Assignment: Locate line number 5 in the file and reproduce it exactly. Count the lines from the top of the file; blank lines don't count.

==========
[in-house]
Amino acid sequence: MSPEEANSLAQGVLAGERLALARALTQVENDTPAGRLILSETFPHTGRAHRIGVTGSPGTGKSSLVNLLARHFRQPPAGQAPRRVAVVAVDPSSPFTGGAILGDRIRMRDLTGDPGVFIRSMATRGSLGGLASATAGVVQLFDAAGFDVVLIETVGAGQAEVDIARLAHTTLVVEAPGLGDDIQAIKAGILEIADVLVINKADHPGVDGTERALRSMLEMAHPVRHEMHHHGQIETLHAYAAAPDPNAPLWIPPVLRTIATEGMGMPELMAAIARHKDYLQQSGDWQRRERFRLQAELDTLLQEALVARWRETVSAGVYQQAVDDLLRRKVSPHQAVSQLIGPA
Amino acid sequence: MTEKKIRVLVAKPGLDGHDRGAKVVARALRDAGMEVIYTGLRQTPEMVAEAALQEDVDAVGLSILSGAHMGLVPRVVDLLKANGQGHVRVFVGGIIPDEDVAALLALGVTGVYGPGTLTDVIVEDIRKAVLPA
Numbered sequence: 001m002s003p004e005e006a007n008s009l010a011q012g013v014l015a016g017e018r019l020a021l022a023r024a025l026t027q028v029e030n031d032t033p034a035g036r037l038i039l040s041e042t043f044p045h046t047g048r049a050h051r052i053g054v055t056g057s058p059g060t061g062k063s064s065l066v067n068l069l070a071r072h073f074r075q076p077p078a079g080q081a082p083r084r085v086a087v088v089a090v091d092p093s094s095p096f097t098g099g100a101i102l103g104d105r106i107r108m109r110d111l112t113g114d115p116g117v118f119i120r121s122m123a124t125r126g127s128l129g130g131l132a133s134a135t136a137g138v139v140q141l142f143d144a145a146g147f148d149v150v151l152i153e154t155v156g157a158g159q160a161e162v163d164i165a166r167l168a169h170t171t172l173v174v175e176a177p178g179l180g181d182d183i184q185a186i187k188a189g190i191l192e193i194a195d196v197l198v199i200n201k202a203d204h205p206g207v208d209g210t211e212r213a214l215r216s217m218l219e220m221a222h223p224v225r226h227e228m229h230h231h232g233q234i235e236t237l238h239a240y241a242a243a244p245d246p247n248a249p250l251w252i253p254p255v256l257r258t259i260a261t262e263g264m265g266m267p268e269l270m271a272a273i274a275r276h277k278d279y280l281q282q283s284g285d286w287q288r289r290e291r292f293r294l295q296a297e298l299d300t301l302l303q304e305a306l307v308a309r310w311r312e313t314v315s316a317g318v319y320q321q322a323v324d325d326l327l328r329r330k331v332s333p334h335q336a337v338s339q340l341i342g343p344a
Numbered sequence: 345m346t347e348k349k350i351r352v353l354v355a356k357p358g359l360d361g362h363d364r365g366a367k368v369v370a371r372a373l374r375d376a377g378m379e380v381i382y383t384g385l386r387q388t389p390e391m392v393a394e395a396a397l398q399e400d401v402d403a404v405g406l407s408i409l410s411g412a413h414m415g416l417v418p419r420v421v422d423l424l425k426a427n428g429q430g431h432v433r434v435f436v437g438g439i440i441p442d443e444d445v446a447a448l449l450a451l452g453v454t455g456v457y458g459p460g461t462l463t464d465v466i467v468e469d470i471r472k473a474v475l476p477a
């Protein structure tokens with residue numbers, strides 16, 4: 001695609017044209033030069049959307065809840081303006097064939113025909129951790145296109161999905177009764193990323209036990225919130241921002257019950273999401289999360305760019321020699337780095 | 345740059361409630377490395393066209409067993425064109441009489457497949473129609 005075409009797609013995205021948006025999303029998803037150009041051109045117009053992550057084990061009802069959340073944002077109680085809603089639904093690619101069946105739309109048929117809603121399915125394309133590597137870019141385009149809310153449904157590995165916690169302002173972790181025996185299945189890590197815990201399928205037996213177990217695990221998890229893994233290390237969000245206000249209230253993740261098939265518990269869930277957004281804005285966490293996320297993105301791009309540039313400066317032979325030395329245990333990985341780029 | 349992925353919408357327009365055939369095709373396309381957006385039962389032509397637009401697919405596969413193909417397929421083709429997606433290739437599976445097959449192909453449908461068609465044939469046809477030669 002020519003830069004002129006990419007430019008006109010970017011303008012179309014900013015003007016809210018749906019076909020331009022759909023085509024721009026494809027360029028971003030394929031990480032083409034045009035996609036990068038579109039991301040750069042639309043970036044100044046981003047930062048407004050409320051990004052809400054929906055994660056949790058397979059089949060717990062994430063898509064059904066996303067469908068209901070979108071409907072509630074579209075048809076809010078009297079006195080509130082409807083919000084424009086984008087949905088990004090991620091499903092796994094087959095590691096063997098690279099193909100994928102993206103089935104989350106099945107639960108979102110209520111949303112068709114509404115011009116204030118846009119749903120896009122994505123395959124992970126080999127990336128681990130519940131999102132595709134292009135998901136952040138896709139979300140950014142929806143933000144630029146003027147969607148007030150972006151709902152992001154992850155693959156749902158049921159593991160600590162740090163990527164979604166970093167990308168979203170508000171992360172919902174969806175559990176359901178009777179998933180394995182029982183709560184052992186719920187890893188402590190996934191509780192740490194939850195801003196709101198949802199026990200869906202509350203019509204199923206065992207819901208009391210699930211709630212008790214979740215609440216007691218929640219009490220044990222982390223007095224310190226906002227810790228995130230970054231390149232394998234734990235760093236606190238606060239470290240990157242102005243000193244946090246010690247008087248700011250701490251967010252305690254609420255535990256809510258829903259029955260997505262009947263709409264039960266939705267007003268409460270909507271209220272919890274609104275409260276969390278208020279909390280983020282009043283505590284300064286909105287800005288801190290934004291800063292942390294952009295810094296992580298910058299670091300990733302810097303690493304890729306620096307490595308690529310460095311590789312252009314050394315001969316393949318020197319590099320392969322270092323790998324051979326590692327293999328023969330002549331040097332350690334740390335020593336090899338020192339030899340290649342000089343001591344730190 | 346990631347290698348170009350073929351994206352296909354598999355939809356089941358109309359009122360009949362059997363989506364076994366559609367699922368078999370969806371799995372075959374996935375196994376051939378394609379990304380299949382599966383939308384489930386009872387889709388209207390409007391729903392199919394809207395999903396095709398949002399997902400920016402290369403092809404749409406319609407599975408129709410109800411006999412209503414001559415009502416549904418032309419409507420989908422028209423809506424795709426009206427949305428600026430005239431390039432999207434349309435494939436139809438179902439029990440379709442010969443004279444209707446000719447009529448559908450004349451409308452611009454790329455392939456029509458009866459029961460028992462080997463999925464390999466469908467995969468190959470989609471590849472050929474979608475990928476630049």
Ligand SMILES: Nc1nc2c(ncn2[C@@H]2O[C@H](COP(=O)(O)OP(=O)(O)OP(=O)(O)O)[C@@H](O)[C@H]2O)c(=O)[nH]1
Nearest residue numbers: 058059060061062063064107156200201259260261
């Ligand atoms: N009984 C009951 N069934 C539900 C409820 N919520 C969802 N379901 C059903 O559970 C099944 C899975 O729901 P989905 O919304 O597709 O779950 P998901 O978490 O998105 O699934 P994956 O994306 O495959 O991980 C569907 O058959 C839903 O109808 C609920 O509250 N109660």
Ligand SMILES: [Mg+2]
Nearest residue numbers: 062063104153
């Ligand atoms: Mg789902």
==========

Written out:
Numbered sequence: 345m346t347e348k349k350i351r352v353l354v355a356k357p358g359l360d361g362h363d364r365g366a367k368v369v370a371r372a373l374r375d376a377g378m379e380v381i382y383t384g385l386r387q388t389p390e391m392v393a394e395a396a397l398q399e400d401v402d403a404v405g406l407s408i409l410s411g412a413h414m415g416l417v418p419r420v421v422d423l424l425k426a427n428g429q430g431h432v433r434v435f436v437g438g439i440i441p442d443e444d445v446a447a448l449l450a451l452g453v454t455g456v457y458g459p460g461t462l463t464d465v466i467v468e469d470i471r472k473a474v475l476p477a